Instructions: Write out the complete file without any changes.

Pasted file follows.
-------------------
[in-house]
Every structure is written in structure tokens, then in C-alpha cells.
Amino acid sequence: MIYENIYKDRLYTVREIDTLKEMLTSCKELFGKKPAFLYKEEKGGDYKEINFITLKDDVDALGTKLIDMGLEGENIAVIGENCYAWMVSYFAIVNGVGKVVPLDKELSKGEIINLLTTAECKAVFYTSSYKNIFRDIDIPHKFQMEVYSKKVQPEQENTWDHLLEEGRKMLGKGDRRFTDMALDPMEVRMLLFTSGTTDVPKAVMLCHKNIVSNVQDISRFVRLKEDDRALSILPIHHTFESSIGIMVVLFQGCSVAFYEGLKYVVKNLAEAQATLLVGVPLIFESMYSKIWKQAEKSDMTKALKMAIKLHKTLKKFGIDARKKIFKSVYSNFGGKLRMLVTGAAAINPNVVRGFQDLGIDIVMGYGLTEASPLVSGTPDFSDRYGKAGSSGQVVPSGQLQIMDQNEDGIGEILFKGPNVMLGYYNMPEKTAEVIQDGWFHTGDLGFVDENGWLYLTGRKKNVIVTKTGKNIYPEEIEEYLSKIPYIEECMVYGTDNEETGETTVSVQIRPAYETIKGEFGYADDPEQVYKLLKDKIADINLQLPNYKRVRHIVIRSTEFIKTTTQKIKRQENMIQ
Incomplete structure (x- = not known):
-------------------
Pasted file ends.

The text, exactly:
[in-house]
Every structure is written in structure tokens, then in C-alpha cells.
Amino acid sequence: MIYENIYKDRLYTVREIDTLKEMLTSCKELFGKKPAFLYKEEKGGDYKEINFITLKDDVDALGTKLIDMGLEGENIAVIGENCYAWMVSYFAIVNGVGKVVPLDKELSKGEIINLLTTAECKAVFYTSSYKNIFRDIDIPHKFQMEVYSKKVQPEQENTWDHLLEEGRKMLGKGDRRFTDMALDPMEVRMLLFTSGTTDVPKAVMLCHKNIVSNVQDISRFVRLKEDDRALSILPIHHTFESSIGIMVVLFQGCSVAFYEGLKYVVKNLAEAQATLLVGVPLIFESMYSKIWKQAEKSDMTKALKMAIKLHKTLKKFGIDARKKIFKSVYSNFGGKLRMLVTGAAAINPNVVRGFQDLGIDIVMGYGLTEASPLVSGTPDFSDRYGKAGSSGQVVPSGQLQIMDQNEDGIGEILFKGPNVMLGYYNMPEKTAEVIQDGWFHTGDLGFVDENGWLYLTGRKKNVIVTKTGKNIYPEEIEEYLSKIPYIEECMVYGTDNEETGETTVSVQIRPAYETIKGEFGYADDPEQVYKLLKDKIADINLQLPNYKRVRHIVIRSTEFIKTTTQKIKRQENMIQ
Incomplete structure (x- = not known):